Harry Potter and the Film Franchise of Gold
It’s the end of an era. As the final Harry Potter instalment is released in cinemas, Time Out’s film editor, Dave Calhoun, considers the cultural legacy of this very British franchise.
Anyone who hasn’t seen a Harry Potter film or read one of the seven books could be forgiven for shrugging their shoulders as the series finally comes to an end after ten years. No more child stars. No more hype. No more movies battling with each other to be longer than the last. No more world-exclusive teaser trailers. No more endless red-carpet pictures of actors growing up in the dazzle of publicity. No more tabloid stories accusing poor, Peter Pan-like Daniel Radcliffe of smoking funny cigarettes at late-night parties (‘Harry Pothead’ ran a Sunday Mirror headline in 2009 – an allegation Radcliffe denied.) No more shots of Radcliffe, naked, rubbing himself against a white horse for look-I-can-do-more-than-Potter theatrical productions.
But no matter what anyone thinks of the films, no one can deny they’ve been a genuine cultural phenomenon. I’m not a fan especially, but I’ll confess to being an arm’s-length (sometimes several arms’) admirer of the entire project, not least because they could have been so much worse. Compare them to the shoddy and cynical ‘Twilight’ films and they come off well. If that buffed-up werewolf Taylor Lautner walked into the shot of a ‘Harry Potter’ film it would be like Tom Cruise wandering into the frame of Derek Jarman’s ‘Caravaggio’. There’s something fusty, old-fashioned and very British about the Potter films. They created their own look and pace without slotting into easy conventions about what children are assumed to want or need. Surely most parents would prefer their kids entered the world of Potter than the weirdo universe of the ‘Twilight’ movies, with their creepy teen emoting and dreadful acting and writing?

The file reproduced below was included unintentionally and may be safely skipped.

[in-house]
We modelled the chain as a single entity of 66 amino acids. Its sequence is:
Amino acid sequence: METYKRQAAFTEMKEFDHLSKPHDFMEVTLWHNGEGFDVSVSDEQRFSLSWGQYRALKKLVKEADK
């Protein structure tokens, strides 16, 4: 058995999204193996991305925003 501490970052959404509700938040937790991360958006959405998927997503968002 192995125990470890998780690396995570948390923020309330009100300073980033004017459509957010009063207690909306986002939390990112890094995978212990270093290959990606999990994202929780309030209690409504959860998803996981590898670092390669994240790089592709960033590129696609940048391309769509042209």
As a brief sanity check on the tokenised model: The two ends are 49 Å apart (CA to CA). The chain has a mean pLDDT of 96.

Yes, you could say that the whole Potter extravangaza is a deeply conservative project – boarding schools, archaic games, old men with white beards and barely any characters from ethnic minorities – and it’s hard to argue with that. The headmaster of Uppingham public school was even quoted in a newspaper recently saying that the films were great adverts for his way of schooling. But at least among all the wood-panelling, stripy scarves and woolly jumpers there are values in the stories with which it’s hard to disagree – the values of friendship, loyalty, learning and mentorship.
The sheer scale of the Potter undertaking is overwhelming too. As an industrial project, you must take your hat off to it , and many in the British film industry argue that the films have had a positive trickle-down effect on the business generally. There have been eight films in ten years, which amounts to just shy of 20 hours of cinema. Together, they cost more than a billion dollars to make and, not including the final film, which opens this Friday, have taken $5.5 billion (£3.4 billion) at the box office worldwide. Many pretenders have come and gone in their wake, films such as ‘Stormbreaker’ and ‘Percy Jackson and the Lightning Thief’. Everyone wants a piece of the kids’ film fantasy pie. In 2008, there was even a legal battle between Warner Brothers and the makers of a Bollywood children’s film called ‘Hari Puttar’. Warners lost, with the producers claiming that ‘Hari’ is a popular Indian name and ‘Puttar’ means ‘son’ in Punjabi.